x3: home loan amount (in million dollar)

x4: farm loan amount (in million dollar)

x5: commercial loan amount (in million dollar)

If a customer takes 1 dollar personal loan from the bank after 1 year he pays this 1 dollar and its

interest which is 0.140 dollar, in total 1.140 dollar. With the probability 0.10 this personal loan does

not return and it is lost. But with the probability 0.90 it returns as 1.140 dollar. So, the expected

return from 1 dollar personal loan is 0.90*1.140 dollar.

Objective function:

Max z = 0.90*1.140x1 + 0.93*1.130x2 + 0.97*1.120x3 + 0.95*1.125x4 + 0.98*1.100x5

(maximization of total expected return)

Constraints:

x4 + x5 >= 0.40(x1 + x2 + x3 + x4 + x5) (farm and commercial loans must be at least the 40% of

total loans)

x3 >= 0.50(x1 + x2 + x3) (home loans must be at least 50% of total of personal, car and home loans)

x1, x2, x3, x4, x5 >= 0 (there cannot be negative loan)

The entire model is:

Max z = 0.90*1.140x1 + 0.93*1.130x2 + 0.97*1.120x3 + 0.95*1.125x4 + 0.98*1.100x5

s.t.

x4 + x5 >= 0.40(x1 + x2 + x3 + x4 + x5)

x3 >= 0.50(x1 + x2 + x3)

x1, x2, x3, x4, x5 >= 0

Example 9:

John must work at least 20 hours a week to supplement his income while attending school. He has the

opportunity to work in two retail stores: in store1, John can work between 5 and 12 hours a week, and

in store 2, he is allowed to work between 6 and 10 hours. Both stores pay the same hourly wage. John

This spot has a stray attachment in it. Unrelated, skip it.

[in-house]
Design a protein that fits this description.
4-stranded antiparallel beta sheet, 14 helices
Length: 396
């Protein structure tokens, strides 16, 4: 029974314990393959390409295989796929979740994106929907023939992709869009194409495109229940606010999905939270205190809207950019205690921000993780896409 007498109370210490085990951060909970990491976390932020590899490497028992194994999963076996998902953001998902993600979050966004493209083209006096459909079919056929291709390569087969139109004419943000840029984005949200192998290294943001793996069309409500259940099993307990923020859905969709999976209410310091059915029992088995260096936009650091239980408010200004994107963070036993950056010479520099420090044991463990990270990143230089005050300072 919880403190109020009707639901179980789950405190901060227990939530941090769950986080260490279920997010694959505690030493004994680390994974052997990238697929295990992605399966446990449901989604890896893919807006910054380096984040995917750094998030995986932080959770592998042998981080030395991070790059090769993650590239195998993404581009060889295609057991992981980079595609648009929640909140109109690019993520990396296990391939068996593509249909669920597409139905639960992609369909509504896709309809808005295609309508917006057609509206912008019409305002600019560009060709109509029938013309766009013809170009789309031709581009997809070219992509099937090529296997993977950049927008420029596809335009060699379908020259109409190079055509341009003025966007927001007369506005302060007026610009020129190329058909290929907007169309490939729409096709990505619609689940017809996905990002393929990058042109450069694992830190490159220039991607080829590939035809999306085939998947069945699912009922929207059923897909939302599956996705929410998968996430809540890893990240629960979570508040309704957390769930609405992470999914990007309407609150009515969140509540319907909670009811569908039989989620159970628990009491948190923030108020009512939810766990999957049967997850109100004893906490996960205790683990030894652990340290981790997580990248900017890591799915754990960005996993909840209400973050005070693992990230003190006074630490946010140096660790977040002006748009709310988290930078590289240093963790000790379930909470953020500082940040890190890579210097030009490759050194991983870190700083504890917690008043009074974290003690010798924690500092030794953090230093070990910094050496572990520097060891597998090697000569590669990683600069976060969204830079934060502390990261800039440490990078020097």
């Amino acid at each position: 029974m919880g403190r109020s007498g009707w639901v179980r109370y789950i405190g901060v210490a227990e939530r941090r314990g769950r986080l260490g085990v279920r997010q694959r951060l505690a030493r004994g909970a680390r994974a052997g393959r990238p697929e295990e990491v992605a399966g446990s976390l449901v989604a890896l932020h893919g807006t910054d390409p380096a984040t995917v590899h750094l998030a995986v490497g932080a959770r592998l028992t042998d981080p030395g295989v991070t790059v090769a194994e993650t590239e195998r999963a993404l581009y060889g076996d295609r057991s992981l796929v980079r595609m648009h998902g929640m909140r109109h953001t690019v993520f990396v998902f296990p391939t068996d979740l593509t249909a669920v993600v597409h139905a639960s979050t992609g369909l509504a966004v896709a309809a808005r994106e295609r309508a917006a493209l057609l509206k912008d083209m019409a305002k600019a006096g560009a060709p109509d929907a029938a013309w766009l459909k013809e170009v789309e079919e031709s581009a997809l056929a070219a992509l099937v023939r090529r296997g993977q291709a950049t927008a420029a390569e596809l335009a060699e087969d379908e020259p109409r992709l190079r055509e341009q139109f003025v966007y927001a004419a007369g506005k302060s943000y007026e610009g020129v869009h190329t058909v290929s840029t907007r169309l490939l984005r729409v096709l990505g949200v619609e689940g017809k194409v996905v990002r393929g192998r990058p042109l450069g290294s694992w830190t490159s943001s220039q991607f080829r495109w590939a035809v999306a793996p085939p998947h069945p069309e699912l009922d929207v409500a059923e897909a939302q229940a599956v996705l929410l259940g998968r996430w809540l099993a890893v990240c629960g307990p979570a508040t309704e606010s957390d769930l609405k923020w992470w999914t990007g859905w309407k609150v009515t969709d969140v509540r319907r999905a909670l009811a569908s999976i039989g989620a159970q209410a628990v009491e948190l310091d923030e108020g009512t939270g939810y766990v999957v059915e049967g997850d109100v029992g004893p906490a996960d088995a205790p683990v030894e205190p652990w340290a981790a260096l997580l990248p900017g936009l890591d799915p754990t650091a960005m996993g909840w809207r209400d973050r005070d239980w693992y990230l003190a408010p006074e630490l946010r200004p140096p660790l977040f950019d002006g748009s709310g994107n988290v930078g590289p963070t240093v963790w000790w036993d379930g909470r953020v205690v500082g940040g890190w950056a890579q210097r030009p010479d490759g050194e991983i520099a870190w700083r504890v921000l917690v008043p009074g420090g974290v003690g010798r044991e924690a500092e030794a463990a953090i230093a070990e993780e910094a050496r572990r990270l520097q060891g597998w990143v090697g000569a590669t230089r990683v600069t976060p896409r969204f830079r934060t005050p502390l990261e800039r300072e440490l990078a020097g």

thus wants to base his decision about how many hours to work in each store on a different criterion:

work stress factor. Based on interviews with present employees, John estimates that, on a scale of 1

to 10, the stress factors are 8 and 6 at stores 1 and 2, respectively. Because stress mounts by the hour,

he presumes that the total stress at the end of the week is proportional to the number of hours he

works in the store. How many hours should John work in each store?

Solution:

x1: working hours in store 1

x2: working hours in store 2

s.t.

x1 + x2 >= 20

x1 >= 5

x1 <=12

x2 >= 6

x2 <=10

x1, x2 >= 0

Example 10:

Two products are manufactured in a machining center. The production times per unit of products 1

and 2 are 10 and 12 minutes, respectively. The total regular machine time is 2500 minutes per day. In

any one day, the manufacturer can produce between 150 and 200 units of product 1, but no more than

45 units of product 2. Overtime may be used to meet the demand at an additional cost of $.50 per

minute. Assuming that the unit profits for products 1 and 2 are $6.00 and $7.50, respectively,

formulate LP model?

Solution:

x1: daily production amount of products 1

x2: daily production amount of products 2

y : daily overtime amount (in minute)

Max z = 6x1 + 7.5x2 0.5y

s.t.

10x1 + 12x2 <= 2500 + y

x1 >= 150

x1 <= 200

x2 <= 45

x1, x2, y >= 0

Note that if the total production time exceeds the regular time 2500 minutes then the difference is

hold by variable y as the over time.

Example 11:

B&K grocery store sells two types of soft drinks: brand A1 Cola and the store brand, B&K Cola. The

margin of profit for A1 is 5 cents per can and that of B&K is 7 cents per can. On the average, the

store sells no more than 500 cans of both colas a day. Although A1 is a recognized brand, customers

tend to buy more B&K because it is considerably cheaper. It is estimated that at least 100 cans of A1

are sold daily and that B&K outsells A! On a daily basis by a ratio of at least 2:1. How many cans per

day of each brand should the store carry to maximize profit?

Solution:

x1: number of the cans of A1 cola been carried per day